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Vista Burglary Defense Lawyers

Facing Burglary Charges in Vista?

Entering someone’s home with the intent to commit a crime is “burglary” in California. Depending on the nature of your case, a judge can sentence you to six months in county jail or six years in state prison. These hefty penalties can have a lasting impact on your life long after you have been released. Given how complex California’s theft laws are, you need to trust your defense to an experienced Vista attorney.

If you or someone you love has been charged with burglary in Vista, you should immediately contact jD Law Criminal Defense Attorneys. For more than 30 years, out law firm has worked to defend clients from theft crime charges. We understand how to counter all of the prosecution’s arguments. Our Vista burglary defense attorney can sit down with you in a free, confidential consultation, listen to your side of the story, and work to have your charges reduced or dismissed. Call us today at (760) 630-2000 to get a free case evaluation.

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Understanding Penal Code 459 PC

As defined under California Penal Code 459 PC, burglary is the act of entering someone else’s property with the intent to commit a felony crime or an act of theft.

This crime is similar to trespassing, but the key element is the defendant’s intent to commit a crime. It does not matter if the defendant actually committed a crime while on the property, only that his goal was to commit another crime, typically theft. Burglary is also distinct from shoplifting, which involves stealing from an open business that the defendant legally entered.

To convict a defendant of burglary, the prosecution must prove that the defendant:

  • Entered someone else’s property;
  • Without the consent of the owner; and
  • Intended to commit a felony or
  • Intended to commit theft.

Burglary can be either first- or second-degree. First-degree burglary, which is the harsher of the two, specifically applies to entering someone else’s “residence,” meaning a place where someone else lives or inhabits, even for a short period of time. A residence can include a:

  • House
  • Hotel or motel room
  • Apartment
  • Tenement
  • Tent
  • Vessel or boat
  • Floating home
  • Trailer coach
  • House car
  • Inhabited camper

For all other properties, the crime is considered second-degree burglary.

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Penalties for a Burglary Conviction

The penalties you can face for a burglary conviction will depend on whether you are facing first- or second-degree burglary charges. Second-degree is a wobbler in California, meaning you can face either misdemeanor or felony penalties. The difference between getting a misdemeanor or felony will come down to your criminal history. Having a prior theft on your record will likely lead the San Diego District Attorney to pursue a felony conviction. If you do not have a prior charge, then you will likely face a misdemeanor.

The penalties for a burglary charge include:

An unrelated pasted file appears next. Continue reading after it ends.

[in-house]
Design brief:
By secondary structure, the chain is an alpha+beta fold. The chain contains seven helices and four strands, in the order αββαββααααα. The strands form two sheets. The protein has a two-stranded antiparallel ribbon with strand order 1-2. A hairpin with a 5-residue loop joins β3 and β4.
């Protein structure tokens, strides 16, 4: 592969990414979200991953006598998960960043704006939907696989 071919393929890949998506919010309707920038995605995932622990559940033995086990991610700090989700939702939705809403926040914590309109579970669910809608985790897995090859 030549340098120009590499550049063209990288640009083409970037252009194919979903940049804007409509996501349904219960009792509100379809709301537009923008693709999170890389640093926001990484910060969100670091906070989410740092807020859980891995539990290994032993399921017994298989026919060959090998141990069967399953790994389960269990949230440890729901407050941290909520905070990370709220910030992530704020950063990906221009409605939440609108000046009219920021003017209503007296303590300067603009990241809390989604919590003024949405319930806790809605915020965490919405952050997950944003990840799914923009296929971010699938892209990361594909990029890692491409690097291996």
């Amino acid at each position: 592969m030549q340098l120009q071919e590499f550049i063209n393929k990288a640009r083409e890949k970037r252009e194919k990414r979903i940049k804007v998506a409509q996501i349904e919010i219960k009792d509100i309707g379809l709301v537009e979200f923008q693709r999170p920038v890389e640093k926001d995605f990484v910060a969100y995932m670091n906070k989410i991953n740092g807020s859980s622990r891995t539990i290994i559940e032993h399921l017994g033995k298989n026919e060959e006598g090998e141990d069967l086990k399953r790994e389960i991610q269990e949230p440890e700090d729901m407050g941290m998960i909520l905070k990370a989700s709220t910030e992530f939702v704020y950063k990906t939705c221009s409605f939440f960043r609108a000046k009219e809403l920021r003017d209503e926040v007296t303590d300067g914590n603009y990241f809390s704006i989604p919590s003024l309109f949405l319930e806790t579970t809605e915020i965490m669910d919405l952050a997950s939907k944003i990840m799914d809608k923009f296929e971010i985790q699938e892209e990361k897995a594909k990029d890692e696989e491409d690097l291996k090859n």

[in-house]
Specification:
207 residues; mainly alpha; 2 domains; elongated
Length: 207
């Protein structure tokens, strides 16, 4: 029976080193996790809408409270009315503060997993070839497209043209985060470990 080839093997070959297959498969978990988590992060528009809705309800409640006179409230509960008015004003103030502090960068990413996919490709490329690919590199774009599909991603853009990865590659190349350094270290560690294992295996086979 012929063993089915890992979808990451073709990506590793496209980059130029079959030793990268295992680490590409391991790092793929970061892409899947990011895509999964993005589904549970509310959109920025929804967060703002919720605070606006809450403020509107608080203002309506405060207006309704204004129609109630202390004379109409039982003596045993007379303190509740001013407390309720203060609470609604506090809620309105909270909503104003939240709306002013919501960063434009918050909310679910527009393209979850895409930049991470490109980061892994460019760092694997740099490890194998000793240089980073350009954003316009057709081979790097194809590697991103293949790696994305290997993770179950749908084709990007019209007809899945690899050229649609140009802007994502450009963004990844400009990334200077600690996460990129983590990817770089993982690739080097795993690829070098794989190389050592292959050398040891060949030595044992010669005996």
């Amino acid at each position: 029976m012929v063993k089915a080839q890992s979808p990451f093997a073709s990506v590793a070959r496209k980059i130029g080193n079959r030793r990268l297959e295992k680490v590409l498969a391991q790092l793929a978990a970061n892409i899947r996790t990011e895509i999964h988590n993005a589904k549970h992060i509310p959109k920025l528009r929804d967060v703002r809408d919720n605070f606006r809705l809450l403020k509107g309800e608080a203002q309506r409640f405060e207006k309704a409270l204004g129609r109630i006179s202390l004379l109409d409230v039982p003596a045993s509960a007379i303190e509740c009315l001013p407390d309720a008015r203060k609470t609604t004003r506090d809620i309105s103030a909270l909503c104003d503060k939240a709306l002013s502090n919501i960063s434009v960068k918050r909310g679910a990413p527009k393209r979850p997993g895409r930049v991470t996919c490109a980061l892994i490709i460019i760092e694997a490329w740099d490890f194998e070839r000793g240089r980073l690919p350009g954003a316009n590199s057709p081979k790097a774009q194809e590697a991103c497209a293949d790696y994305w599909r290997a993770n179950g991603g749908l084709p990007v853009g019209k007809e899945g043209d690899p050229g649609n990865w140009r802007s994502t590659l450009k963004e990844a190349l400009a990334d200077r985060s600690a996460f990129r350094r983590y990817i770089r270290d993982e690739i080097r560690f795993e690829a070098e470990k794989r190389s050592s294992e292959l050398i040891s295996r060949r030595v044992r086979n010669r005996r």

• Second-Degree Burglary (Misdemeanor): Up to one year in county jail, a maximum fine of $1,000, and summary probation.
  • Second-Degree Burglary (Felony): Up to 16 months, two years, or three years in state prison, a maximum fine of $10,000, felony probation, and/or a strike under California’s Three Strikes Law.
  • First-Degree Burglary: Up to two, four, or six years in state prison, a maximum fine of $10,000, felony probation, and/or a strike under California’s Three Strikes Law.

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Building a Strong Defense

The consequences of a conviction can weigh on you for years to come. A misdemeanor may hurt your reputation, but a felony conviction can limit your ability to find work or safe housing upon release. Before you consider accepting a plea deal or trusting in the mercy of court, you should speak to an attorney at jD Law Criminal Defense Attorneys about your options.

Our legal team has fought for clients throughout Vista and North County in a variety of theft cases. With a charge as serious as burglary, we will use all of our resources and expertise in your defense. Common defenses in burglary cases include:

  • It is a case of mistaken identity, and you were not on the property.
  • You reasonably believed you had a right to be on the property.
  • You had no intent to commit a felony or theft crime.
  • The property was uninhabited or abandoned.
  • You had the consent of the owner to be on the property.
  • The police committed some form of misconduct during your arrest.

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Work With a Criminal Law Specialist

Fighting a felony theft charge requires the help of an experienced Vista criminal defense lawyer. At jD Law Criminal Defense Attorneys, our founding attorney is a Criminal Law Specialist, certified by the California Board of Legal Specialization. He has a 30-year track record of success under his belt. If you bring your case to us, we can review every detail, dismantle the prosecution’s arguments, and advocate for the lightest possible sentence or a complete dismissal on your behalf.

Do not give the prosecution any more time to build a case against you. Call jD Law Criminal Defense Attorneys at (760) 630-2000 to discuss your situation in a free consultation.

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James N. Dicks

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